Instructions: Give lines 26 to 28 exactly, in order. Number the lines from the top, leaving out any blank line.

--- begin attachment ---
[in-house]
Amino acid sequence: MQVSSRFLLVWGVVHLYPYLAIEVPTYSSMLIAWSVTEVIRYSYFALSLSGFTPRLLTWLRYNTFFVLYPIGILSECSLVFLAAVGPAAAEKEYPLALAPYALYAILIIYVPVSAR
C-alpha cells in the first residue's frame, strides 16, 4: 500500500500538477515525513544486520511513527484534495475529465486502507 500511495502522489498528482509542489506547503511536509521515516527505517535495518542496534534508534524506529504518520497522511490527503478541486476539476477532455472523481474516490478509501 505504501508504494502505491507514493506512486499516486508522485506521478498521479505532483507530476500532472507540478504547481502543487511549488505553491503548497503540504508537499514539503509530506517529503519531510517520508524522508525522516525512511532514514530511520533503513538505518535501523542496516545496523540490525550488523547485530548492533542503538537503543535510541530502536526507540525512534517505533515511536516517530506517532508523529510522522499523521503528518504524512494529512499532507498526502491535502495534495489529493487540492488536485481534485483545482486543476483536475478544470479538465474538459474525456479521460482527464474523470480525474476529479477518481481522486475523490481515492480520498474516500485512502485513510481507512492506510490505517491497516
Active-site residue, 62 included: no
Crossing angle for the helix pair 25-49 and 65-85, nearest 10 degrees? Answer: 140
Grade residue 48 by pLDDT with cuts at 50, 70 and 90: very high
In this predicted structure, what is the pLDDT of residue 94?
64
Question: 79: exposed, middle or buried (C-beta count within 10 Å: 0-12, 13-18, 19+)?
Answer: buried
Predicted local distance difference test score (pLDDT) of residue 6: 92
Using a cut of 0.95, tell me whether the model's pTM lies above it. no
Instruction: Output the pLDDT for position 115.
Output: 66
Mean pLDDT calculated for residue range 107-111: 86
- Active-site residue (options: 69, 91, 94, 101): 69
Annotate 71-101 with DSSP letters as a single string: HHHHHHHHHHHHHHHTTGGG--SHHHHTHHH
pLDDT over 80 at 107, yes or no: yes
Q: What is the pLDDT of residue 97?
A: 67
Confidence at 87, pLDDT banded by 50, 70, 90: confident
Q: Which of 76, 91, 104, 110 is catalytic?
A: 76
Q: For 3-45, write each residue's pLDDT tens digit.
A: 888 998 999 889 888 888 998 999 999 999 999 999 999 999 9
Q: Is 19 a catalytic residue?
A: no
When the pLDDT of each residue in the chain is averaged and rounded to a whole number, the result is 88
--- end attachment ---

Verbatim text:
Q: Is 19 a catalytic residue?
A: no
When the pLDDT of each residue in the chain is averaged and rounded to a whole number, the result is 88